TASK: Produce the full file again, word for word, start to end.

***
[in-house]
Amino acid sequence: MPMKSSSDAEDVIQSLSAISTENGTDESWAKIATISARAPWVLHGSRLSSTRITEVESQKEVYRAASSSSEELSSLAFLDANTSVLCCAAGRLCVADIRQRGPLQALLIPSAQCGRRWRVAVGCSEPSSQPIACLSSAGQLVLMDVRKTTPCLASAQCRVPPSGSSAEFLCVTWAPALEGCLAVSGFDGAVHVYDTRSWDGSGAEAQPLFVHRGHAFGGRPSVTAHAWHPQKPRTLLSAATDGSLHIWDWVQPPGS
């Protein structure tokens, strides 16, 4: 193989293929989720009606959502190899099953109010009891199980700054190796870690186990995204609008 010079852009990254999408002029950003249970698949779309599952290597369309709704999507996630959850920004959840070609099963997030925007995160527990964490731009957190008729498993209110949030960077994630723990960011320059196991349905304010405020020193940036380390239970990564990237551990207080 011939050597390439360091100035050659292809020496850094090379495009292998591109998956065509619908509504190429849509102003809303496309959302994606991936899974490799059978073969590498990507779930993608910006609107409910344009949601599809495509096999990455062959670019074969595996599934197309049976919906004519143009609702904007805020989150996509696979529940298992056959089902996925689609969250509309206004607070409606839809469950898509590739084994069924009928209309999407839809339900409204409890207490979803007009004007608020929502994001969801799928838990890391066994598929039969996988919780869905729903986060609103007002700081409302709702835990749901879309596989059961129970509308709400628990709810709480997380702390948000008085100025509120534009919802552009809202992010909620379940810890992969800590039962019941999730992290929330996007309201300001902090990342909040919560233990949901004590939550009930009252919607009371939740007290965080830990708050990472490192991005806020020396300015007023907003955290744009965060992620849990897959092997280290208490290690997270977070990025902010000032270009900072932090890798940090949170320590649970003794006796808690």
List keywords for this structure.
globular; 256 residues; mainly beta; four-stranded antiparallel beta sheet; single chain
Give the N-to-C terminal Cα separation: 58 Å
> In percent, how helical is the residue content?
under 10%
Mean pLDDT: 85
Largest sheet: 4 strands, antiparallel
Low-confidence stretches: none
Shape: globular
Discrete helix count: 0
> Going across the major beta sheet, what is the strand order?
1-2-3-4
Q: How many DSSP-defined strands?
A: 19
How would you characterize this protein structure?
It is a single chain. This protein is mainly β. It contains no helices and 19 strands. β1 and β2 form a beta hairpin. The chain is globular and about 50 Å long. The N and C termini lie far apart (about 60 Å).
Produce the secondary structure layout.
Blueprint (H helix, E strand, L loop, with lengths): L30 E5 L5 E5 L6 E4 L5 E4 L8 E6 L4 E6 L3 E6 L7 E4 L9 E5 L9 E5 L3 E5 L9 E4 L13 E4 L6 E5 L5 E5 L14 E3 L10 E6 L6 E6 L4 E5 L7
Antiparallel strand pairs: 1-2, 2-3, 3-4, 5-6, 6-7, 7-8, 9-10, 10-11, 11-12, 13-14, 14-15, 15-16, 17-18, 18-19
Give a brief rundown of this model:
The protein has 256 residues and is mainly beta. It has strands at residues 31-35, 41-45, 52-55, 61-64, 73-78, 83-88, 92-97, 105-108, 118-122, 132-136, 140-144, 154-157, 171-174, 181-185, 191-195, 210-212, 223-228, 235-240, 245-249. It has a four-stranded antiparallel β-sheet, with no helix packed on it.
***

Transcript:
[in-house]
Amino acid sequence: MPMKSSSDAEDVIQSLSAISTENGTDESWAKIATISARAPWVLHGSRLSSTRITEVESQKEVYRAASSSSEELSSLAFLDANTSVLCCAAGRLCVADIRQRGPLQALLIPSAQCGRRWRVAVGCSEPSSQPIACLSSAGQLVLMDVRKTTPCLASAQCRVPPSGSSAEFLCVTWAPALEGCLAVSGFDGAVHVYDTRSWDGSGAEAQPLFVHRGHAFGGRPSVTAHAWHPQKPRTLLSAATDGSLHIWDWVQPPGS
């Protein structure tokens, strides 16, 4: 193989293929989720009606959502190899099953109010009891199980700054190796870690186990995204609008 010079852009990254999408002029950003249970698949779309599952290597369309709704999507996630959850920004959840070609099963997030925007995160527990964490731009957190008729498993209110949030960077994630723990960011320059196991349905304010405020020193940036380390239970990564990237551990207080 011939050597390439360091100035050659292809020496850094090379495009292998591109998956065509619908509504190429849509102003809303496309959302994606991936899974490799059978073969590498990507779930993608910006609107409910344009949601599809495509096999990455062959670019074969595996599934197309049976919906004519143009609702904007805020989150996509696979529940298992056959089902996925689609969250509309206004607070409606839809469950898509590739084994069924009928209309999407839809339900409204409890207490979803007009004007608020929502994001969801799928838990890391066994598929039969996988919780869905729903986060609103007002700081409302709702835990749901879309596989059961129970509308709400628990709810709480997380702390948000008085100025509120534009919802552009809202992010909620379940810890992969800590039962019941999730992290929330996007309201300001902090990342909040919560233990949901004590939550009930009252919607009371939740007290965080830990708050990472490192991005806020020396300015007023907003955290744009965060992620849990897959092997280290208490290690997270977070990025902010000032270009900072932090890798940090949170320590649970003794006796808690």
List keywords for this structure.
globular; 256 residues; mainly beta; four-stranded antiparallel beta sheet; single chain
Give the N-to-C terminal Cα separation: 58 Å
> In percent, how helical is the residue content?
under 10%
Mean pLDDT: 85
Largest sheet: 4 strands, antiparallel
Low-confidence stretches: none
Shape: globular
Discrete helix count: 0
> Going across the major beta sheet, what is the strand order?
1-2-3-4
Q: How many DSSP-defined strands?
A: 19
How would you characterize this protein structure?
It is a single chain. This protein is mainly β. It contains no helices and 19 strands. β1 and β2 form a beta hairpin. The chain is globular and about 50 Å long. The N and C termini lie far apart (about 60 Å).
Produce the secondary structure layout.
Blueprint (H helix, E strand, L loop, with lengths): L30 E5 L5 E5 L6 E4 L5 E4 L8 E6 L4 E6 L3 E6 L7 E4 L9 E5 L9 E5 L3 E5 L9 E4 L13 E4 L6 E5 L5 E5 L14 E3 L10 E6 L6 E6 L4 E5 L7
Antiparallel strand pairs: 1-2, 2-3, 3-4, 5-6, 6-7, 7-8, 9-10, 10-11, 11-12, 13-14, 14-15, 15-16, 17-18, 18-19
Give a brief rundown of this model:
The protein has 256 residues and is mainly beta. It has strands at residues 31-35, 41-45, 52-55, 61-64, 73-78, 83-88, 92-97, 105-108, 118-122, 132-136, 140-144, 154-157, 171-174, 181-185, 191-195, 210-212, 223-228, 235-240, 245-249. It has a four-stranded antiparallel β-sheet, with no helix packed on it.